The rally for Full DC Democracy on October 15, 2011 had some strengths some weaknesses, and a lot of the same tired people saying the same tired things. We have got to become a movement of fresh ideas and innovative strategies. We seem to be stuck in Einstein’s definition of insanity: doing the same thing over and over again and expecting different results. I’m glad I went because we need to show our support for these events but if we don’t change it up we’ll never progress. Here’s a run-down of the highlights (and low lights) of the rally in a grading system:
The Statehood Movement (A): For the first time at all of the rallies this year STATEHOOD was the key and most used line. After years of having our message diluted by “voting rights” or “a vote” we seemed to have turned a corner and STATEHOOD was the term most often used. Good for us, good for the organizers, and good for the movement. Hopefully everyone is finally realizing that anything short of statehood will leave us subjects of Congress.
DC Youth (A): There were a lot of various young people at the rally and that’s great. The movement needs more and more young people and needs to reach across the District to get a new energy to push us toward statehood.
Ralph Nader (A): Ralph Nader is probably the only speaker deserving of an ‘A’ grade since he actually broke up the speechifying by actually proposing several concrete actions to push for statehood. He recommended changing all of the signs entering the District to highlight our colonial status. He also called for employers to start a system of rolling strikes where businesses shutdown for 15 minutes one day, 30 minutes another day, and having strikes go for longer and longer periods. He was the only speaker to discuss or propose concrete actions while everyone else gave the same boilerplate speeches about injustice. Thanks, Ralph now all we need is for you to change your citizenship/residency status to the District since you’ve held onto your Connecticut residency for a long time. You’re one of us so register like it and finally become a citizen of the District of Columbia.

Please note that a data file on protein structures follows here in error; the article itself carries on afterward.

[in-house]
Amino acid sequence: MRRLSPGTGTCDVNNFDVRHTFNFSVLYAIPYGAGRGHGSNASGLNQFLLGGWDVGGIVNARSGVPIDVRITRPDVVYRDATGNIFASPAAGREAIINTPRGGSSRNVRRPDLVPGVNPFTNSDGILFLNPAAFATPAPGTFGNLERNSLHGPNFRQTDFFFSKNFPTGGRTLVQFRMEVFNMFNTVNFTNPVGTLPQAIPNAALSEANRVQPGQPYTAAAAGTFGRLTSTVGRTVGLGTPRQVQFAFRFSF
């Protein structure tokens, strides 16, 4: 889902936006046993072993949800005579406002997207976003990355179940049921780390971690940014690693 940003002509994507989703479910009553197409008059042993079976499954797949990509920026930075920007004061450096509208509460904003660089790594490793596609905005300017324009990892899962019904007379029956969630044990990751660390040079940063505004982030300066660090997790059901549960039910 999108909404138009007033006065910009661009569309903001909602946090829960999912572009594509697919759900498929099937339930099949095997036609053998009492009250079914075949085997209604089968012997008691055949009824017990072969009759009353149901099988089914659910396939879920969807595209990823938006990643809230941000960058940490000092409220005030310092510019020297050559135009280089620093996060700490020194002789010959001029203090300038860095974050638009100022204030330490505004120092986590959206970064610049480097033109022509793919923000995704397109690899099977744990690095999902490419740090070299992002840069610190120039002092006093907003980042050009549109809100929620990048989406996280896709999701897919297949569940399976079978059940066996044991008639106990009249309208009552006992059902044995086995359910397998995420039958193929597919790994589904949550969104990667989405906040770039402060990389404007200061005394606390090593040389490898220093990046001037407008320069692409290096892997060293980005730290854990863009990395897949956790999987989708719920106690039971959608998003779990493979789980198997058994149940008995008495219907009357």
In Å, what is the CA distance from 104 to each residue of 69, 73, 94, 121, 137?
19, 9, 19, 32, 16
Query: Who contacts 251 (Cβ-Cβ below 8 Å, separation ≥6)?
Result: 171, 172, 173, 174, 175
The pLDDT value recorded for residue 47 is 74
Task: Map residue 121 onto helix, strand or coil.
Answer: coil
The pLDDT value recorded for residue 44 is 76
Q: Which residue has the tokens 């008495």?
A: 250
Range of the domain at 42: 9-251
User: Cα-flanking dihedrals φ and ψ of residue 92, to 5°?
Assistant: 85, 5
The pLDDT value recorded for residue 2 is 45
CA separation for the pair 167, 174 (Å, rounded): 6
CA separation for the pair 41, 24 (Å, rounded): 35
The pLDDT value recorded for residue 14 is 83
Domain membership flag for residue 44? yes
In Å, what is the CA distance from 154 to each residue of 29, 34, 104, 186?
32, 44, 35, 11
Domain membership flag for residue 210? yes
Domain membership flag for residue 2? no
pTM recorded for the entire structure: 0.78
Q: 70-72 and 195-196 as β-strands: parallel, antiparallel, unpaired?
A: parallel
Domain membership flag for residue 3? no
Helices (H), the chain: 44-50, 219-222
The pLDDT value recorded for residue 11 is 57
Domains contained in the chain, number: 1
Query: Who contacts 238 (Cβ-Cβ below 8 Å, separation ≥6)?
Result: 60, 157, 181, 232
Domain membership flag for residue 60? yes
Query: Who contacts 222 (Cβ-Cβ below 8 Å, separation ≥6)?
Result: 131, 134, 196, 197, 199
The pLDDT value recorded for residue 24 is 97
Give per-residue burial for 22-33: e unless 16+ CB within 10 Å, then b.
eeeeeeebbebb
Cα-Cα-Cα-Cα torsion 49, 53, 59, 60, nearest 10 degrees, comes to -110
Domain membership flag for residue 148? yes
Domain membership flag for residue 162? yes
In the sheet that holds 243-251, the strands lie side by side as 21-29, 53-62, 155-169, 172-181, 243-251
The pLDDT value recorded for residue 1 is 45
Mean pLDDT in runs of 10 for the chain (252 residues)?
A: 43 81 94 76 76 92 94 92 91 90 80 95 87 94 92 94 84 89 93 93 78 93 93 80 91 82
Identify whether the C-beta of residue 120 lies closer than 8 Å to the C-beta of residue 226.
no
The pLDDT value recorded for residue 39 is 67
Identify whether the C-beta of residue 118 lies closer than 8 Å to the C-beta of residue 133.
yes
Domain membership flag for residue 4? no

Mayor Gray (B): Mayor Vince Gray and his team did their best to advertise this rally. They put a lot of time and energy to it and it was the biggest rally thus far this year (although that’s not saying much). His speech was good but I wish he had a plan to present to the citizens of the District as to how we’ll get to statehood and what he wants us to do. He’s our elected leader and he needs to have a plan.
District Residents (C): Where was everybody? For crying out loud we should have had 10,000+ out there instead it was about 1,000. Shame on us! As Dick Gregory said it’s a shame that 90,000 people fill a stadium to see a crummy football team and less than 1,000 people in the same town show up to demonstrate for their civil and political rights. I do think it’s a good step forward that 1,000 people showed up since rallies earlier this year maxed out at 250. Big shout out to the 1,000 today but next time we need 9,000+ more to show up.
The Emcee (D): Oh boy, anybody who introduces the present DC Council and praises them for their leadership clearly hasn’t read a paper this year. She should have just introduced them as the DC Council and left it at that.
Whoever Set the Agenda/Program (F): Why do we keep allowing the same 20 people speak at these rallies and allow them to give the same speeches? Only Nader proposed something new, everyone else sounded the same (except Fauntroy & Orange but they get ‘F’s too). This rally was similar to one held outside the White House this summer with the same speakers and similar agenda…we’re still DC not New Columbia so clearly the format isn’t working for us. Let’s do something different next time, please!
Walter Fauntroy (F): He’s lost his mind and the organizers should have known that and never allowed him to speak. He sang “Dream the Impossible Dream,” the whole damn song at the end of his speech. Even the organizers had to start playing Go-Go music to try to get him to stop, but he didn’t. His level of craziness gives the movement a bad name.
Vincent Orange (F): After his years as a councilmember, tax lawyer, and lobbyist for Pepco he all of a sudden became a preacher and began rhyming and searching for appropriate cadences… I think he’s just practicing for another run at Mayor and is trying a new strategy. He should keep searching.